4 ETFs That Leave Bonds in the Dust

Focus: ETFs

It's a good time to find solid stock exchange traded funds that have bond-beating income and a lot of appreciation potential to boot, observes Martin Hutchinson of Permanent Wealth Investor.

It's a good rule of thumb: when stocks yield more than bonds, stocks are the better buy because of the potential for growth.

Believe it or not, before the financial crisis in 2008 that was hardly the case. Going all the way back to 1958, bond yields always outpaced those of stocks.

But thanks to Ben Bernanke and friends, bond yields have been driven into the basement. What's more, the central banks of the world are doing everything in the power to keep them there.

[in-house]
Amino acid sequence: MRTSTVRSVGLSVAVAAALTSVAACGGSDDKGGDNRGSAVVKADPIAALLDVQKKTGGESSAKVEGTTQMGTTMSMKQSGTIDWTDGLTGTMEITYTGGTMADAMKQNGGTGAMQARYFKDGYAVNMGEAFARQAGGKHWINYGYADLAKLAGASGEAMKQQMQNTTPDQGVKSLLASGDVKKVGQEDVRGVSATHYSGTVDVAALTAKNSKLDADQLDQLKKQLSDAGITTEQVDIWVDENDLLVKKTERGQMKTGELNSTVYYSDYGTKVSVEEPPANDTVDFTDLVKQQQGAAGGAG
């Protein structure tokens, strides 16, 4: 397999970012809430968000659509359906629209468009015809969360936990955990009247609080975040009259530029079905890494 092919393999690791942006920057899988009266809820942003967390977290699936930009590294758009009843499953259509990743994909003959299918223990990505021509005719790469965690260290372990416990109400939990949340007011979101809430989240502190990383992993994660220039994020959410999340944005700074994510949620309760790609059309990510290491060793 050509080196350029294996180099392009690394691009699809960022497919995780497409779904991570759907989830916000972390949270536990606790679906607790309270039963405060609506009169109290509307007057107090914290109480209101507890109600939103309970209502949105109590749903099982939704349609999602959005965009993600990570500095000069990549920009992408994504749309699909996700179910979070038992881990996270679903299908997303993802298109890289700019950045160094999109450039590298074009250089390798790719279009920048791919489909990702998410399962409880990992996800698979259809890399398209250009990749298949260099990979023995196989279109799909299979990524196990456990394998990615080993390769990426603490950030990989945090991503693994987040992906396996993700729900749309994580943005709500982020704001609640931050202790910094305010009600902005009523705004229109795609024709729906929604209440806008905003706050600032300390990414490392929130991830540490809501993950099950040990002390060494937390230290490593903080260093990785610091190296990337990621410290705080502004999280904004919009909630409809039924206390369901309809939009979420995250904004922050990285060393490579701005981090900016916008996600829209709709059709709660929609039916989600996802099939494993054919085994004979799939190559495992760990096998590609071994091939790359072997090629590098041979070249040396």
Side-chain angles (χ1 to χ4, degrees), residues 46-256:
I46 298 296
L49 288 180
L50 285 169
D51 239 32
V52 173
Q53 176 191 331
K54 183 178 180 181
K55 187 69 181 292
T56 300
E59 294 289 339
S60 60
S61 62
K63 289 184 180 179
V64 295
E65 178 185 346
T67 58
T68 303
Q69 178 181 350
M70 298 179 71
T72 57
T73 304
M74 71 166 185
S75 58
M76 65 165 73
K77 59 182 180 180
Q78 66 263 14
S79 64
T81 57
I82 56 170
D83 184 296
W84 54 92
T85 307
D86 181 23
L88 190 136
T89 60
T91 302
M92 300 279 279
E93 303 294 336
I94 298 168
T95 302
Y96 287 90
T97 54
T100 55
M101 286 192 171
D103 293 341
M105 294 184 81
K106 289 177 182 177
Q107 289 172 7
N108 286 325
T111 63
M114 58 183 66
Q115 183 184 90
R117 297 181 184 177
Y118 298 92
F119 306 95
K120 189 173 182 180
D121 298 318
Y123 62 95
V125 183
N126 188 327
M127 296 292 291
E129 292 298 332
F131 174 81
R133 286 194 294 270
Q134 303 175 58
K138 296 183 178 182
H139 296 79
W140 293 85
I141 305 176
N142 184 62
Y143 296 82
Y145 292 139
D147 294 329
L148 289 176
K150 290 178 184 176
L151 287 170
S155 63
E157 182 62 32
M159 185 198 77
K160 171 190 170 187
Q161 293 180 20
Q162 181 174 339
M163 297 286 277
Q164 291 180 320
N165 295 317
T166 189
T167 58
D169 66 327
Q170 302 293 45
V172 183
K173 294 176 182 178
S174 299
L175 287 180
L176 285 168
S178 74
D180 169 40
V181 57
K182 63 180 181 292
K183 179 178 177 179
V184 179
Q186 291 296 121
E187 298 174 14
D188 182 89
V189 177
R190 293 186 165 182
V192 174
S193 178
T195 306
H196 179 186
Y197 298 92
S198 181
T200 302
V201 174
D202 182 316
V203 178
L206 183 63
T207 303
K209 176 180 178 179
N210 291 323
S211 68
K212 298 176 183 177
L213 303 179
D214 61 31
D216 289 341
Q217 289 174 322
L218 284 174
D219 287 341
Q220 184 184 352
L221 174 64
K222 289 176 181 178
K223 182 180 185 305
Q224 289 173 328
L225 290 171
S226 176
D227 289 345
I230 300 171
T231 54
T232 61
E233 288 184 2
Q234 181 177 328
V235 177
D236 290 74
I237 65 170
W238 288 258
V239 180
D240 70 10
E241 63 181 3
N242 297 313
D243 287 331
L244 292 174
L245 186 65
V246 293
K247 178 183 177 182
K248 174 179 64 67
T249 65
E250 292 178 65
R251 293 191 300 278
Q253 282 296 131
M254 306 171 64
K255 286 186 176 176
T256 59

That's why investors are increasingly turning to exchange traded funds that specialize in dividend stocks as vehicles for income. This makes good sense for a couple of reasons. First, bond markets aren't very transparent, which makes bond prices difficult to come by, so ordinary investors get ripped off if they buy corporate bonds directly.

Second, in today's markets you will do better in a high-dividend stock ETF—especially one with an international portfolio—than you will in a bond ETF. Let me show you why that is...

Stock ETFs vs Bond ETFs
To see why stock ETFs are a better deal than bond ETFs, let's run through the five bond offerings of iShares, one of the largest and most solid creators of ETFs:

  • Aggregate Bond Fund (AGG): Buys investment-grade corporate, Treasury, and agency bonds, mostly AAA-rated, with an average maturity of 6.2 years.